Eight states are among those affected by a norovirus outbreak linked to raw Texas oysters, according to the Centers for Disease Control and Prevention (CDC).
Along with the Lone Star State, others include Alabama, Florida, Georgia, Louisiana, Mississippi, North Carolina and Tennessee.
The CDC has clarified that it does not want restaurants and food retailers to serve raw oysters from harvest area TX 1, Galveston Bay, Texas, between November 17 and December 7.
The CDC said 211 illnesses have been reported as of Dec. 15.
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The Food and Drug Administration (FDA) confirmed that raw oysters harvested in Galveston are potentially contaminated with norovirus.
The CDC advised that anyone who bought the raw oysters should immediately throw them in the trash or send them back to the retailer for destruction. The CDC also warned that any surface that comes into contact with oysters should be washed and disinfected.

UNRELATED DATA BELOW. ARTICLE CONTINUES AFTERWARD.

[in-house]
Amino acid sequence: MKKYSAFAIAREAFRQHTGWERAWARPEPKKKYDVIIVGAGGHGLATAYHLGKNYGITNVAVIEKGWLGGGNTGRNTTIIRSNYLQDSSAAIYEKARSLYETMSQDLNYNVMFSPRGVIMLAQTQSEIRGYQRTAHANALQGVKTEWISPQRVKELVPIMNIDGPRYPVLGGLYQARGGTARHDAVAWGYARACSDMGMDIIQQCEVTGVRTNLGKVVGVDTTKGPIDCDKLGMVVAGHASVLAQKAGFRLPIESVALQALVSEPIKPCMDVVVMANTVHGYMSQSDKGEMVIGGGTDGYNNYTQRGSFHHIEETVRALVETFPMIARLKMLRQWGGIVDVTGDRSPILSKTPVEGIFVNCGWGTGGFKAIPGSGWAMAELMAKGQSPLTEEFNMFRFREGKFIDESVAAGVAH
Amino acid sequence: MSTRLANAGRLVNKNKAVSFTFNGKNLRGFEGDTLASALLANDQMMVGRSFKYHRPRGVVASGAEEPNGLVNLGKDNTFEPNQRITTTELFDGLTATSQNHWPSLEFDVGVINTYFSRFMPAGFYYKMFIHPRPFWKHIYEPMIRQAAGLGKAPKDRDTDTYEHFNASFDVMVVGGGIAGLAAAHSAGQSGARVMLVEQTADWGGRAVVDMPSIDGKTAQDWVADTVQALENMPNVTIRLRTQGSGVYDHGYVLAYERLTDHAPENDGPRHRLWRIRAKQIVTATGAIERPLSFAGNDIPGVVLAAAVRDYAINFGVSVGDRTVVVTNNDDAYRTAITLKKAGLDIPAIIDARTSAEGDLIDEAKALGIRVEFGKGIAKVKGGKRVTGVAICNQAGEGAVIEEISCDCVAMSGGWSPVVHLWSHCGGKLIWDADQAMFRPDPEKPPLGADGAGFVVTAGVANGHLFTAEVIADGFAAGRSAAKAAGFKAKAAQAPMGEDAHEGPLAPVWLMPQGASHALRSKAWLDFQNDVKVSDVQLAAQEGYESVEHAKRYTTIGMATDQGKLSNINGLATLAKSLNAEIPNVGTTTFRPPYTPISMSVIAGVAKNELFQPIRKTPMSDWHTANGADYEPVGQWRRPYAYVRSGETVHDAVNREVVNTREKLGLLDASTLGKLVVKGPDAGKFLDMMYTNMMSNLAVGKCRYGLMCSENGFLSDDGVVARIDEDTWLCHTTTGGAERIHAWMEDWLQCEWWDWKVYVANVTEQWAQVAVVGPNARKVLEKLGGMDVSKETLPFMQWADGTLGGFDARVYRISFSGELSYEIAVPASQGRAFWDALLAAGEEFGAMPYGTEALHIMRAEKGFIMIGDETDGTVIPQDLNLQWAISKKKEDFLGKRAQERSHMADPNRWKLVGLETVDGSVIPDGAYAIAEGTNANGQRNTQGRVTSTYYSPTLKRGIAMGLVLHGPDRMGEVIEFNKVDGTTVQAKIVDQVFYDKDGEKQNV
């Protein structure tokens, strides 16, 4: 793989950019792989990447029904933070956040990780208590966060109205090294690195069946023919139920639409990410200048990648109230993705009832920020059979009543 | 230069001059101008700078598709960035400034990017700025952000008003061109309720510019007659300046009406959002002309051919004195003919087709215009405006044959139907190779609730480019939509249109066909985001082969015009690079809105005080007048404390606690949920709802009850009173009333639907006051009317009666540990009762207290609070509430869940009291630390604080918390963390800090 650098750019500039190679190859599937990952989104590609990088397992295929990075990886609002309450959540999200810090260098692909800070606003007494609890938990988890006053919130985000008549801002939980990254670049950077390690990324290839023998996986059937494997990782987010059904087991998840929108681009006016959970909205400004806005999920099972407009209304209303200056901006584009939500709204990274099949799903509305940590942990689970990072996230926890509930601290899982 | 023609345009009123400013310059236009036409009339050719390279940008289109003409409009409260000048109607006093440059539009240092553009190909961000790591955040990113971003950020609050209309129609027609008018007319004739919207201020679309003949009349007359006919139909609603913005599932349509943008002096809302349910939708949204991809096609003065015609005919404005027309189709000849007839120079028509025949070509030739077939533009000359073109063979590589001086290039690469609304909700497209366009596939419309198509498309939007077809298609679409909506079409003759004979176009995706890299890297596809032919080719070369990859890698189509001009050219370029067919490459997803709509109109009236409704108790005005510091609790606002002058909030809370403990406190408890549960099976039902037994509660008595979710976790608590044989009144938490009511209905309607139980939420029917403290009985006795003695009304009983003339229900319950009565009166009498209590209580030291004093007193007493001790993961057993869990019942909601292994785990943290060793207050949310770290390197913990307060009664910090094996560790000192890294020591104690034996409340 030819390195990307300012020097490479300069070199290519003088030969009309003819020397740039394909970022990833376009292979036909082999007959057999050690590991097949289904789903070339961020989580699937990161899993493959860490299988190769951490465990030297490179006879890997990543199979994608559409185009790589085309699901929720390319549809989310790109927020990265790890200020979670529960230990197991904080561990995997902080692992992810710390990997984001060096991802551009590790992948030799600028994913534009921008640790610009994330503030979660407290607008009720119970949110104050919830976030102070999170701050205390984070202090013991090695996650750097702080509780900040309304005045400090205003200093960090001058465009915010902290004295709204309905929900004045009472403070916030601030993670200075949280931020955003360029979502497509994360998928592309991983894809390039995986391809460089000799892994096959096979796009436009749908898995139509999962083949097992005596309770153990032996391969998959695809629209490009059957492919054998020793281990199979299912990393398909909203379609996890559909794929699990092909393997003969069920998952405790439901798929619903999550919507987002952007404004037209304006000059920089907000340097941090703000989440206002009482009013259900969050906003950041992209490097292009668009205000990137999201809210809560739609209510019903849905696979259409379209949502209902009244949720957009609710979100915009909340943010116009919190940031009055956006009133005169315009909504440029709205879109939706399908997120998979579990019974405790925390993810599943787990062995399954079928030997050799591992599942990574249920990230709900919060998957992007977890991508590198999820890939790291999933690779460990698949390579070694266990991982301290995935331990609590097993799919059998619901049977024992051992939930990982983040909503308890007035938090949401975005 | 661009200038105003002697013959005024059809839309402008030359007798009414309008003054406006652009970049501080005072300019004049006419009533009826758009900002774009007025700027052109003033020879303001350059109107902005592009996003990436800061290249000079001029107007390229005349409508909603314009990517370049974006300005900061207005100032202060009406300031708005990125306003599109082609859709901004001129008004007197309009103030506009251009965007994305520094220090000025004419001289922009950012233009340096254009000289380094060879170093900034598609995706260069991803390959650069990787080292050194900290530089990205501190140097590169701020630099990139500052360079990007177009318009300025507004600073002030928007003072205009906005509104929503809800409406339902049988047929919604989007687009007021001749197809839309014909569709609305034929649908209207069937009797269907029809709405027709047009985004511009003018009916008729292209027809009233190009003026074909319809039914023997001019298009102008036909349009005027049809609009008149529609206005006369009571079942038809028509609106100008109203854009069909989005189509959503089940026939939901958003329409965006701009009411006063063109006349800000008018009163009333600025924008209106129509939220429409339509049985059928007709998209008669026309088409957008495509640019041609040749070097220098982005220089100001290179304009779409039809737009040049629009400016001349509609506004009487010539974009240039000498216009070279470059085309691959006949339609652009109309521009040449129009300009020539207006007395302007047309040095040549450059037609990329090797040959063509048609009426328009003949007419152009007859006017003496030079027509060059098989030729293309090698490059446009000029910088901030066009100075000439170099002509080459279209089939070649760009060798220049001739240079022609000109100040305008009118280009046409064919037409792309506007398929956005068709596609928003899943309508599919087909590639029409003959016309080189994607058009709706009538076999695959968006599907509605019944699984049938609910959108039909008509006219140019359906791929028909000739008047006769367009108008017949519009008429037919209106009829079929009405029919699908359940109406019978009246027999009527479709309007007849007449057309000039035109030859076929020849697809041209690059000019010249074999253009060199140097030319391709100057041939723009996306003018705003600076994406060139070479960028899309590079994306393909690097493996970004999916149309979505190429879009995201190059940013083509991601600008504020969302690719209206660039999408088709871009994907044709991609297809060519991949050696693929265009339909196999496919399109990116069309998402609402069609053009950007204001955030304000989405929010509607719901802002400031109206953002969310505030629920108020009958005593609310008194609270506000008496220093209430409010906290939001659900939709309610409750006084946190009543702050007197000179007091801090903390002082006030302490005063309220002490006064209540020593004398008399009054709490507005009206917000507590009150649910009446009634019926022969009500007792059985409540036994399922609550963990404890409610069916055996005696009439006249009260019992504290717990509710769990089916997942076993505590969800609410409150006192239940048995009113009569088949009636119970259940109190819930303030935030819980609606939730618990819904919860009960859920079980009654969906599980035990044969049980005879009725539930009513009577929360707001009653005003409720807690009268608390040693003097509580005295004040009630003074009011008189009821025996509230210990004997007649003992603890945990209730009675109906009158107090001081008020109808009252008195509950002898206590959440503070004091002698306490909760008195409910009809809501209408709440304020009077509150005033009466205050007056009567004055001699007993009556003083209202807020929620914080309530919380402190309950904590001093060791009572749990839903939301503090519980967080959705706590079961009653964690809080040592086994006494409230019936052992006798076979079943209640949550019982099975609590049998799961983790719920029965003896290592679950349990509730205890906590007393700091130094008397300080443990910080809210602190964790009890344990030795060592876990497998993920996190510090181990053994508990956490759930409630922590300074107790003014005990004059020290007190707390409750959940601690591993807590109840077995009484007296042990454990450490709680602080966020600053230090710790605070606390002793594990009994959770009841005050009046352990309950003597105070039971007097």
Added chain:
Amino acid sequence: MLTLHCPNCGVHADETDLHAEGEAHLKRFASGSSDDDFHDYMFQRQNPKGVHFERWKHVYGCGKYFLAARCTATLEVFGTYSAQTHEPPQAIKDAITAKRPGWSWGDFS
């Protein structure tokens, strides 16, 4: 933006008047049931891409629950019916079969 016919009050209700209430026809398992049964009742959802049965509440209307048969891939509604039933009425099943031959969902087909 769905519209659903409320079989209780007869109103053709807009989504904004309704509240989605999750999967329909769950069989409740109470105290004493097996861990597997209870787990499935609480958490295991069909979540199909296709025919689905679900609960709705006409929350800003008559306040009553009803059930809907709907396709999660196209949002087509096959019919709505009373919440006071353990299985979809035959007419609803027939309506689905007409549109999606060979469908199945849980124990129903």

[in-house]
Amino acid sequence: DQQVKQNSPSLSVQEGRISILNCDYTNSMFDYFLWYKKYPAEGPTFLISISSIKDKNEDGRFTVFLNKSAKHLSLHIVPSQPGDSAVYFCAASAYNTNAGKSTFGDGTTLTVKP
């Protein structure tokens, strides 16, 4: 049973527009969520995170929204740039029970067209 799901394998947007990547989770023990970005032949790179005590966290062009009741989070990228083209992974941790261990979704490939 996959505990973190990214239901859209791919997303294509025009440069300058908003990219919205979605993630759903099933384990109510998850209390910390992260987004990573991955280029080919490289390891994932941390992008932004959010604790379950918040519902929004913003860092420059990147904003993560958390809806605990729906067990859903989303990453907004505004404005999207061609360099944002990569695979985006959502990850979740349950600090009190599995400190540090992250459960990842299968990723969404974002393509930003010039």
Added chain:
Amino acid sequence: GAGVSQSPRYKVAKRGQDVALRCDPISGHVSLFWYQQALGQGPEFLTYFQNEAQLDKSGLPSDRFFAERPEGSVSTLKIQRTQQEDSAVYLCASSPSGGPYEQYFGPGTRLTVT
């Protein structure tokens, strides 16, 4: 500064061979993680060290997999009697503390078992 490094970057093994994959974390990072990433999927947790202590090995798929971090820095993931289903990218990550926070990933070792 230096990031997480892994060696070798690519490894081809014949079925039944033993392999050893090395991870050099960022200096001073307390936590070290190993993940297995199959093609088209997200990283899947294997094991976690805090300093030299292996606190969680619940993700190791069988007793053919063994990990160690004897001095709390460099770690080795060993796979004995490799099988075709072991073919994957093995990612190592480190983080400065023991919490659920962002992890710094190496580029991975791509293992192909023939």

Although norovirus is sometimes known as the stomach bug or stomach flu, it is highly contagious and can cause diarrhea and vomiting.
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Norovirus can be contracted through direct contact with an infected person, by consuming contaminated food or water, or by touching contaminated surfaces and then putting your hands in your mouth.
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According to the CDC, norovirus symptoms can develop 12 to 48 hours after exposure.
The risk of dehydration is also common with norovirus.